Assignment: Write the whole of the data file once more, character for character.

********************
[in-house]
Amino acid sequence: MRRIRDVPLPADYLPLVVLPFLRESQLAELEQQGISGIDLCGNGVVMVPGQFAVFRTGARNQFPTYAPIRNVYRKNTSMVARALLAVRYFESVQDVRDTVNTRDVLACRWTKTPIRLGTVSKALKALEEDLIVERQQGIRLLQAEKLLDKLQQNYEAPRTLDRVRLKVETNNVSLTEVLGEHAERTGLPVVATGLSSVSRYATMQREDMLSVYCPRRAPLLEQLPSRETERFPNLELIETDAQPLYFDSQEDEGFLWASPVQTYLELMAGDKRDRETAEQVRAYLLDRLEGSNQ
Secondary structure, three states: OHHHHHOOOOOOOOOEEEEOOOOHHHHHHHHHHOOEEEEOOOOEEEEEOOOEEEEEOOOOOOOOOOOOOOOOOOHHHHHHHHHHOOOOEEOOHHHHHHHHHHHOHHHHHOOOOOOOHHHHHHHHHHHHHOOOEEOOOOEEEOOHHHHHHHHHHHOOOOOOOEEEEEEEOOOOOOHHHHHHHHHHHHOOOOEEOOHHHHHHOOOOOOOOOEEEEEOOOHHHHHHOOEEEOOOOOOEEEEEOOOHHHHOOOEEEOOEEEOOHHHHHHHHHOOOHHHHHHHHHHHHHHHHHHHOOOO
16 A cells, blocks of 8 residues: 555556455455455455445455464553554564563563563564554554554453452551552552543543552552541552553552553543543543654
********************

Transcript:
[in-house]
Amino acid sequence: MRRIRDVPLPADYLPLVVLPFLRESQLAELEQQGISGIDLCGNGVVMVPGQFAVFRTGARNQFPTYAPIRNVYRKNTSMVARALLAVRYFESVQDVRDTVNTRDVLACRWTKTPIRLGTVSKALKALEEDLIVERQQGIRLLQAEKLLDKLQQNYEAPRTLDRVRLKVETNNVSLTEVLGEHAERTGLPVVATGLSSVSRYATMQREDMLSVYCPRRAPLLEQLPSRETERFPNLELIETDAQPLYFDSQEDEGFLWASPVQTYLELMAGDKRDRETAEQVRAYLLDRLEGSNQ
Secondary structure, three states: OHHHHHOOOOOOOOOEEEEOOOOHHHHHHHHHHOOEEEEOOOOEEEEEOOOEEEEEOOOOOOOOOOOOOOOOOOHHHHHHHHHHOOOOEEOOHHHHHHHHHHHOHHHHHOOOOOOOHHHHHHHHHHHHHOOOEEOOOOEEEOOHHHHHHHHHHHOOOOOOOEEEEEEEOOOOOOHHHHHHHHHHHHOOOOEEOOHHHHHHOOOOOOOOOEEEEEOOOHHHHHHOOEEEOOOOOOEEEEEOOOHHHHOOOEEEOOEEEOOHHHHHHHHHOOOHHHHHHHHHHHHHHHHHHHOOOO
16 A cells, blocks of 8 residues: 555556455455455455445455464553554564563563563564554554554453452551552552543543552552541552553552553543543543654